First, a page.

Of all the b-sides that I’ve covered in this series, Elvis Presley’s cover of ‘Mystery Train’ is the most iconic. It was voted on a 2003 Rolling Stone as the 77th greatest song of all time, an astounding feat for a song originally buried on the b-side of the single.
Presley started his career with Sam Phillips’ Sun Records, but didn’t make any albums for the label – just a series of singles in the twelve months between July 1954 and July 1955. Born after Elvis’ death, it’s sometimes difficult for me to appreciate his legacy – the tacky movies and the Vegas period often overshadow his days as a pioneering young rock and roller. But his work with Sun Records is Elvis at his most potent.
‘Mystery Train’ was first recorded by blues musician Junior Parker in 1953 – Sam Phillips was given a co-writing credit. The lyrics of ‘Mystery Train’ were very similar to ‘Worried Man Blues’, recorded in 1930 by The Carter Family; both reference a train “sixteen coaches long”.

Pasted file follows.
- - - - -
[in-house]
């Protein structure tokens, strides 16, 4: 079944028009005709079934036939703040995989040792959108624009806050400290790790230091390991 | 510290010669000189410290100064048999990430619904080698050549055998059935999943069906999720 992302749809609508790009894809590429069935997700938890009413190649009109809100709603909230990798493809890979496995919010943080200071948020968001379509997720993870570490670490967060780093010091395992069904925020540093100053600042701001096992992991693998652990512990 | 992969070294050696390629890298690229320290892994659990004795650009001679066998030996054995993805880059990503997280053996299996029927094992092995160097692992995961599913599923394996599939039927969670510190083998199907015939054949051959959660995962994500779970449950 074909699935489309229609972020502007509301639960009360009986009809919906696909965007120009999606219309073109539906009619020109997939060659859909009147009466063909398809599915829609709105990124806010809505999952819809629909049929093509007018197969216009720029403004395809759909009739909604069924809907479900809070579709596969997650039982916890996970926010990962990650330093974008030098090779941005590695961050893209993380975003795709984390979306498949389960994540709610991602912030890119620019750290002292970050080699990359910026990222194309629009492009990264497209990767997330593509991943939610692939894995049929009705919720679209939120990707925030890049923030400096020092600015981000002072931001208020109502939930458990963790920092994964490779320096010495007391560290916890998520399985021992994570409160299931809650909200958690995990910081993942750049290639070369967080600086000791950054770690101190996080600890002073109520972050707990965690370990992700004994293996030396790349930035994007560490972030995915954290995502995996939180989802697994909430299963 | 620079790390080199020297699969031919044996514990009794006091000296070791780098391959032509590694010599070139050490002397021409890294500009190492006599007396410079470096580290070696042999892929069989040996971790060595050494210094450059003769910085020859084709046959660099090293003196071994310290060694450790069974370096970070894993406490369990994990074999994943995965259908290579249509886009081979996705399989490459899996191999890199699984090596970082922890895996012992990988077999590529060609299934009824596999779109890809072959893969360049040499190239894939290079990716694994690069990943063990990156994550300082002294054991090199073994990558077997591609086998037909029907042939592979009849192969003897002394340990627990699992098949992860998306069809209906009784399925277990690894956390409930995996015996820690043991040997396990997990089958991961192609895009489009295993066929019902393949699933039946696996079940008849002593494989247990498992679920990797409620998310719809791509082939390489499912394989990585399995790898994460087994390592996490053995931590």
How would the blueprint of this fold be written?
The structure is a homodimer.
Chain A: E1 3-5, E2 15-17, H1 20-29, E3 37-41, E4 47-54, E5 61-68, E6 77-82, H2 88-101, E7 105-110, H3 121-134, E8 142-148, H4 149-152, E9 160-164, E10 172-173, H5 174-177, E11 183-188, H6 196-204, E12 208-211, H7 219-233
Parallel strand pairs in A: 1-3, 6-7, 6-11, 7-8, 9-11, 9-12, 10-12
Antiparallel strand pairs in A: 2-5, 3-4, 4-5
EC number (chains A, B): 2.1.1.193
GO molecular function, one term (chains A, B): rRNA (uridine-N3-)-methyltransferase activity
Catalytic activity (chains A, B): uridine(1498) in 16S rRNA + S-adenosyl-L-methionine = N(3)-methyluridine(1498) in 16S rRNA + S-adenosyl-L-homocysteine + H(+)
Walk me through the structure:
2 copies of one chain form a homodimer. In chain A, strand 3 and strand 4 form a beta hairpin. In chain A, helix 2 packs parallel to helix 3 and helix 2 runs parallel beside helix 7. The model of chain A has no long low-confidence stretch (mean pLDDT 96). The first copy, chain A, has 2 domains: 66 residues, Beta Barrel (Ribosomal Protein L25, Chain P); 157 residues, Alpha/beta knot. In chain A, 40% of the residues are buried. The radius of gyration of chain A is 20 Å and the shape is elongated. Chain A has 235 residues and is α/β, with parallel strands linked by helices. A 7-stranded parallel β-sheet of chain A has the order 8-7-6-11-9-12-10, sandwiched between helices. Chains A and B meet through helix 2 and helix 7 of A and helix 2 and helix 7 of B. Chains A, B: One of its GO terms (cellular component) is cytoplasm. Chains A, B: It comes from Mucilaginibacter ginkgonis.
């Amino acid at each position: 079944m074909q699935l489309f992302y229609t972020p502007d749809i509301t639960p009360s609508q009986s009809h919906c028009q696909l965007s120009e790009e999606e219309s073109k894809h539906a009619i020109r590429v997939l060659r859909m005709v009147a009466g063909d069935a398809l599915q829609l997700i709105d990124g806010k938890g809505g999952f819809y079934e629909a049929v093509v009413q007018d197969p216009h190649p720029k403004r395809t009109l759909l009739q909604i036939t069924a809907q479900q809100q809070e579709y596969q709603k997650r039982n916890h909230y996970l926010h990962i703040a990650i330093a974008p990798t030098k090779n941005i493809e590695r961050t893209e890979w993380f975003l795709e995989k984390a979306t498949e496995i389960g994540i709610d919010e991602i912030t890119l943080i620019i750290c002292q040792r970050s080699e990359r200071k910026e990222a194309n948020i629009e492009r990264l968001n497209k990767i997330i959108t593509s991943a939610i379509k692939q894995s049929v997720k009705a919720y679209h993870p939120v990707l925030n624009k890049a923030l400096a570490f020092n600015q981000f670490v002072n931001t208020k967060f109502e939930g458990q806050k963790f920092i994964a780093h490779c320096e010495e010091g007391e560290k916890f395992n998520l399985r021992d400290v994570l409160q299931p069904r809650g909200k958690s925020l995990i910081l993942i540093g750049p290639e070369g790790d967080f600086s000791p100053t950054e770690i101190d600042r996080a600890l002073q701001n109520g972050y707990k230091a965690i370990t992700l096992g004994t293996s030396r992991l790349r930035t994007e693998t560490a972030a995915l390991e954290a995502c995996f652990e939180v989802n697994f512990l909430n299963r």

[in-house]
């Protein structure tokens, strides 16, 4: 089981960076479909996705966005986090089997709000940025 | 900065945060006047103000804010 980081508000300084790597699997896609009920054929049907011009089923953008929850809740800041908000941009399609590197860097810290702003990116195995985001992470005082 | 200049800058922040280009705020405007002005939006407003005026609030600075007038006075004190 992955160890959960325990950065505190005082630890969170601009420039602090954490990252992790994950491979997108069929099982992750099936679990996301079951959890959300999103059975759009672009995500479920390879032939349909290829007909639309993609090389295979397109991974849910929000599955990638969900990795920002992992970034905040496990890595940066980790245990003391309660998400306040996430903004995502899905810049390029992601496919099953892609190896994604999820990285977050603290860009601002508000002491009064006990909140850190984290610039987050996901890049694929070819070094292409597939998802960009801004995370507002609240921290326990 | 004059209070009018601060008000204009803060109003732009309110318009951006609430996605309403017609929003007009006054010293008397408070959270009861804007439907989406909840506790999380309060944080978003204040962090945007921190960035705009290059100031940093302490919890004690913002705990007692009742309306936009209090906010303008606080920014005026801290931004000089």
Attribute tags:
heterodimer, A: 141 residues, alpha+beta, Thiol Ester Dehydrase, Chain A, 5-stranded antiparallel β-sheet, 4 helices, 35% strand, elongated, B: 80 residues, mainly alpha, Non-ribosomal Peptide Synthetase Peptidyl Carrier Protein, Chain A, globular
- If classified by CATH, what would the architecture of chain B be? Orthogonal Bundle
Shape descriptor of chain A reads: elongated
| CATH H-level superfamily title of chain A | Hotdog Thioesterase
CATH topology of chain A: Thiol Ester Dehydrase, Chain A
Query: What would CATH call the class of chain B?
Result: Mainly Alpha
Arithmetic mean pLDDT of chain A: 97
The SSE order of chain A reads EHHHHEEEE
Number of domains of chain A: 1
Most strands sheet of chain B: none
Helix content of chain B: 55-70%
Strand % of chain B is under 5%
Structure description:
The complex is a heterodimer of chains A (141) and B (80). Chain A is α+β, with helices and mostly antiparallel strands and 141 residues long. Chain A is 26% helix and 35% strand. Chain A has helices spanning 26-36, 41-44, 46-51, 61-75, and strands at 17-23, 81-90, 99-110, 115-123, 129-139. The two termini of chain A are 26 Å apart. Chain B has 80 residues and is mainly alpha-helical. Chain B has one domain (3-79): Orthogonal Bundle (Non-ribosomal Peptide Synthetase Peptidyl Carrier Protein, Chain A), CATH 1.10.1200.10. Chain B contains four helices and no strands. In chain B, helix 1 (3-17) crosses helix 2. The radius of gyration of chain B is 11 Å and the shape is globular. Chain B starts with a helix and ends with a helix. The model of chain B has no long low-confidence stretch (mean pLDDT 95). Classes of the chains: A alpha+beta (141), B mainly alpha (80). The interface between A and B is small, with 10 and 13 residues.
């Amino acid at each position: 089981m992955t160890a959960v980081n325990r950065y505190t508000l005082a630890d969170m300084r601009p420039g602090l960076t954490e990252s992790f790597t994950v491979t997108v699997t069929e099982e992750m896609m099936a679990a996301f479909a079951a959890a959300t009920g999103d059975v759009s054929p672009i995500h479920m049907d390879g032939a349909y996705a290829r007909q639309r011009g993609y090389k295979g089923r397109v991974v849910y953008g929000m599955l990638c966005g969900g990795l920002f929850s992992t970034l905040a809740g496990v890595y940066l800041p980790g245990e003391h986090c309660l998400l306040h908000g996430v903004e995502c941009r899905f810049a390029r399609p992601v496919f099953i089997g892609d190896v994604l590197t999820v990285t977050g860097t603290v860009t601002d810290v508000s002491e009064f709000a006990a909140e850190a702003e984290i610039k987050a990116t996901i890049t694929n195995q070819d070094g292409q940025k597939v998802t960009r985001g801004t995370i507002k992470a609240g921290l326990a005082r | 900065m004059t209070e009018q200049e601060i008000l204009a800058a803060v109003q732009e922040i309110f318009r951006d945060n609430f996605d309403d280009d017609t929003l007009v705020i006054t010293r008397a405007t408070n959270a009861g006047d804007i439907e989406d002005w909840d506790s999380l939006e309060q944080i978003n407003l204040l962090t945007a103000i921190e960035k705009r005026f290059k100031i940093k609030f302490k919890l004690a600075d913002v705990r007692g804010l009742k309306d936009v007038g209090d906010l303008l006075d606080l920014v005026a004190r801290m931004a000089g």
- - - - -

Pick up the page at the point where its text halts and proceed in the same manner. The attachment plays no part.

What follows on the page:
Presley’s version transformed the song to rockabilly. He’s accompanied by Scotty Moore on lead guitar and Bill Black on bass, but the song’s most prominent feature is Sam Phillips’ use of slapback echo delay. This effect, achieved by using two tape recorders slightly out of sync, gives ‘Mystery Train’ a haunting aura. It suits an ambiguous song; the title ‘Mystery Train’ isn’t used in the lyrics, and it’s never clear if the unfolding events are joyful or tragic.
Train, train, comin’ ’round, ’round the bend
‘Round, ’round the bend
Well, it took my baby, but it never will again
Never will again
‘Mystery Train’ helped to establish Presley as a country star, and has continued to reverberate. The Band covered the song on 1973’s Moondog Matinee, Robbie Robertson adding extra verses. Greil Marcus’ celebrated book Mystery Train: Images of America in Rock ‘N’ Roll Music took its title from the song. It’s also referenced in the lyrics to U2’s attempt at Americana on their 1988 b-side ‘A Room at the Heartbreak Hotel’.
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